ALMATY (Reuters) - Uzbek President Shavkat Mirziyoyev consolidated his power on Wednesday by sacking veteran security boss Rustam Inoyatov, who had been regarded as the second most influential official in the Central Asian nation after the president himself.
The move cements Mirziyoyev’s position as an uncontested ruler of the most populous nation in the ex-Soviet region where presidents-for-life are a norm and institutions such as courts and parliaments are under the executive’s thumb.
It may also allow Mirziyoyev to push through economic and administrative reforms more quickly - diplomatic sources have told Reuters that Inoyatov’s resistance had been slowing down moves such as foreign exchange liberalisation.
Mirziyoyev’s office said in a statement on Wednesday that Inoyatov was dismissed as chairman of the state security service because he had been named an adviser to Mirziyoyev - a position often given to retiring senior officials.
Inoyatov, 73, a former Soviet KGB officer, had led the powerful SNB security service since 1995 and was one of the closest confidants of President Islam Karimov who had run the nation of 32 million for more than a quarter of a century.
Karimov positioned himself as the protector of his nation against the threat of militant Islam, and Mirziyoyev’s SNB spearheaded the fight against religious militancy - which included bans on beards and on the use of loudspeakers by mosques to call worshippers for prayer.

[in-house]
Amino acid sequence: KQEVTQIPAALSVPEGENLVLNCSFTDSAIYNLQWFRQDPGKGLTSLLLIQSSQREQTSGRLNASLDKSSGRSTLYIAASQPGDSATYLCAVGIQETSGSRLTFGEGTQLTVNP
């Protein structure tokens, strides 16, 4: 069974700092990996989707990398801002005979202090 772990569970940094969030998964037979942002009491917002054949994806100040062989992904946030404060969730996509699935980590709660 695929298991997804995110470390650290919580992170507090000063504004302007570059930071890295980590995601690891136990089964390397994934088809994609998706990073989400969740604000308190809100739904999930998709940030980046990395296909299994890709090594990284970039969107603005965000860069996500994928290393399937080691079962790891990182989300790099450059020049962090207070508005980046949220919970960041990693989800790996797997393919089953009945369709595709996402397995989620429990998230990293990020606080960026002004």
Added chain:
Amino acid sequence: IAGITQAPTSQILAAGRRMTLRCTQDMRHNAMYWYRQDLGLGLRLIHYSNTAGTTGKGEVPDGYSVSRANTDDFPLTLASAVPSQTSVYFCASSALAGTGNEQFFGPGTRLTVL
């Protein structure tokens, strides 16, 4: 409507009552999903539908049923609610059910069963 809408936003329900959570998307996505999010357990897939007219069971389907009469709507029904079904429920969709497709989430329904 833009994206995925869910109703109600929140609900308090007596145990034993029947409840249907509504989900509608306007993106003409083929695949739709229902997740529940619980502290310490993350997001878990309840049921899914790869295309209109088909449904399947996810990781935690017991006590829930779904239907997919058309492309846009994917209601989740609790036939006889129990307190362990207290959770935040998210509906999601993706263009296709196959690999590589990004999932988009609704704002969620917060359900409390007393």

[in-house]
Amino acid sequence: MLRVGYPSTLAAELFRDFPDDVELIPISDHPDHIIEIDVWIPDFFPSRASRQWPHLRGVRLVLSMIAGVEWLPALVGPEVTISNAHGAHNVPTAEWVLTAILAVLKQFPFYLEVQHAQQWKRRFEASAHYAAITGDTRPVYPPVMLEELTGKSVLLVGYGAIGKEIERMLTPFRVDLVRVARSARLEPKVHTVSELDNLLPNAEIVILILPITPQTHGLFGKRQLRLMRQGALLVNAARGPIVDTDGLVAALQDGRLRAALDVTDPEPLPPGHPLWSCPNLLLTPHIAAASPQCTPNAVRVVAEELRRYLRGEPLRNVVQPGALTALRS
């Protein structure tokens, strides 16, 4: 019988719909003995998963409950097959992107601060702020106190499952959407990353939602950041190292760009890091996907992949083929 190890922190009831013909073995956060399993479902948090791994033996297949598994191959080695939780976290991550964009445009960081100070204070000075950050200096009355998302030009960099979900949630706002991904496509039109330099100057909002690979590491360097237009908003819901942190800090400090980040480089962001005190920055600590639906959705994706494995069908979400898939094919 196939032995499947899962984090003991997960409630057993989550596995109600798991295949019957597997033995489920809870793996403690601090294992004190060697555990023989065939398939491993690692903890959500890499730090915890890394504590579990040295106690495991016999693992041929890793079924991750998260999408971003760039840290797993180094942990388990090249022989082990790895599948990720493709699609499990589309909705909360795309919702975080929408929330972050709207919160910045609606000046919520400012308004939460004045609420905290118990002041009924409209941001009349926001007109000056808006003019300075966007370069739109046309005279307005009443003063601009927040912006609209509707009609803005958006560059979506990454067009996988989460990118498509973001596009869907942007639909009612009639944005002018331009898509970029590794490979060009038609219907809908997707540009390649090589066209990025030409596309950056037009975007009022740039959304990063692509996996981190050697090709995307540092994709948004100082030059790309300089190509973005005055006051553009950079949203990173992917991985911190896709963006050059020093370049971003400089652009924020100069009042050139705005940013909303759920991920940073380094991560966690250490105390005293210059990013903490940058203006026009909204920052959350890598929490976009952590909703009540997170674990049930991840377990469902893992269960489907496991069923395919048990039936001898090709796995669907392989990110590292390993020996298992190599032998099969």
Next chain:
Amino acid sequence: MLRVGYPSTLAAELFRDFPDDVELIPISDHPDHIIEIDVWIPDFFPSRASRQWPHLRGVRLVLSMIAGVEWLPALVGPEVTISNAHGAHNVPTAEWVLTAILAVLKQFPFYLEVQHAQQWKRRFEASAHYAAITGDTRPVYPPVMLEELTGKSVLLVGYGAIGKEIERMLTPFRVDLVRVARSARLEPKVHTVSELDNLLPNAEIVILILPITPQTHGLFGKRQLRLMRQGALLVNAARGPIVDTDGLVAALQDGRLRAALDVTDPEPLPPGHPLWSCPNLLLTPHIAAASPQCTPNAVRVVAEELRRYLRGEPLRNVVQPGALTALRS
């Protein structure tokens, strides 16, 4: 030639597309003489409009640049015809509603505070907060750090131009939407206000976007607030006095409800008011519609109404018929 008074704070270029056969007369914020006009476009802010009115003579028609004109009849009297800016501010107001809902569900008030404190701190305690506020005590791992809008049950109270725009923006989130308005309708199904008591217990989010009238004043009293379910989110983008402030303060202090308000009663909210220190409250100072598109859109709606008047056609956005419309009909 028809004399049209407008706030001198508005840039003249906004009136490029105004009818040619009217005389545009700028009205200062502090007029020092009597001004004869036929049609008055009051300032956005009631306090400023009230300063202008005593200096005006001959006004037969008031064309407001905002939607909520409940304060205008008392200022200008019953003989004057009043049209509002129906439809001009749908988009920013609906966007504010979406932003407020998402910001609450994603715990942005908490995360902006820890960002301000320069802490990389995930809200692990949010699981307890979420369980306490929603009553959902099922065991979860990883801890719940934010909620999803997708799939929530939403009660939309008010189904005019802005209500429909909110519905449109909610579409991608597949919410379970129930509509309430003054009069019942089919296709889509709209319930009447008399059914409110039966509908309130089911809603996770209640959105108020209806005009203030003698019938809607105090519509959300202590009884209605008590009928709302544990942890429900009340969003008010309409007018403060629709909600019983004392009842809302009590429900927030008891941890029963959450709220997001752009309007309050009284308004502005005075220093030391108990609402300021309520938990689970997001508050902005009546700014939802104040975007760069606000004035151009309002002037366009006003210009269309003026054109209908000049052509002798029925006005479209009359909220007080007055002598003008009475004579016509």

Human rights groups have criticised Tashkent’s tactics as heavy-handed, accusing security forces of arbitrary detentions, abuse and torture - a charge the government has denied.
Crackdowns on alleged militants earned Uzbekistan a reputation as one of the world’s most repressive regimes and caused tensions with Western governments, leaving Tashkent in near-isolation.
Karimov died in September 2016 and Mirziyoyev, then prime minister, emerged as his successor.
Diplomatic and business sources told Reuters Mirziyoyev’s appointment as an interim president and subsequent nomination for full-time presidency were a result of compromise between various clans within the elite.
Despite getting the top job, sources said, he effectively shared power initially with two other senior officials who used to be close to Karimov - Inoyatov and deputy prime minister Rustam Azimov.
Mirziyoyev has since gradually sidelined Azimov and sacked him last June. He started chipping away at the powers of the state security service while also getting rid of Karimov-era holdovers in his cabinet.
In November, Mirziyoyev sacked Elyor Ganiyev, minister of foreign trade, who was described in a leaked 2006 United States diplomatic cable as “the pawn of senior officials at the National Security Service” run by Inoyatov.
Last month, Mirziyoyev said he would reform the intelligence service as it had become too powerful.
On Wednesday, he named Ikhtiyor Abdullayev, 51, a career lawyer who has until now served as prosecutor general, the new head of state security.
Since his election in December 2016, Mirziyoyev has implemented a series of reforms aimed at opening up the resource-rich nation and reviving its economy which had stagnated under a Soviet-style centralised command system.
He has also eased security policies, striking some 16,000 people off a blacklist of potential extremists and dissidents, and releasing several prominent political prisoners.
Reporting by Olzhas Auyezov; Additional reporting by Mukhammadsharif Mamatkulov in Tashkent; Editing by Maria Kiselyova, Raissa Kasolowsky, William Maclean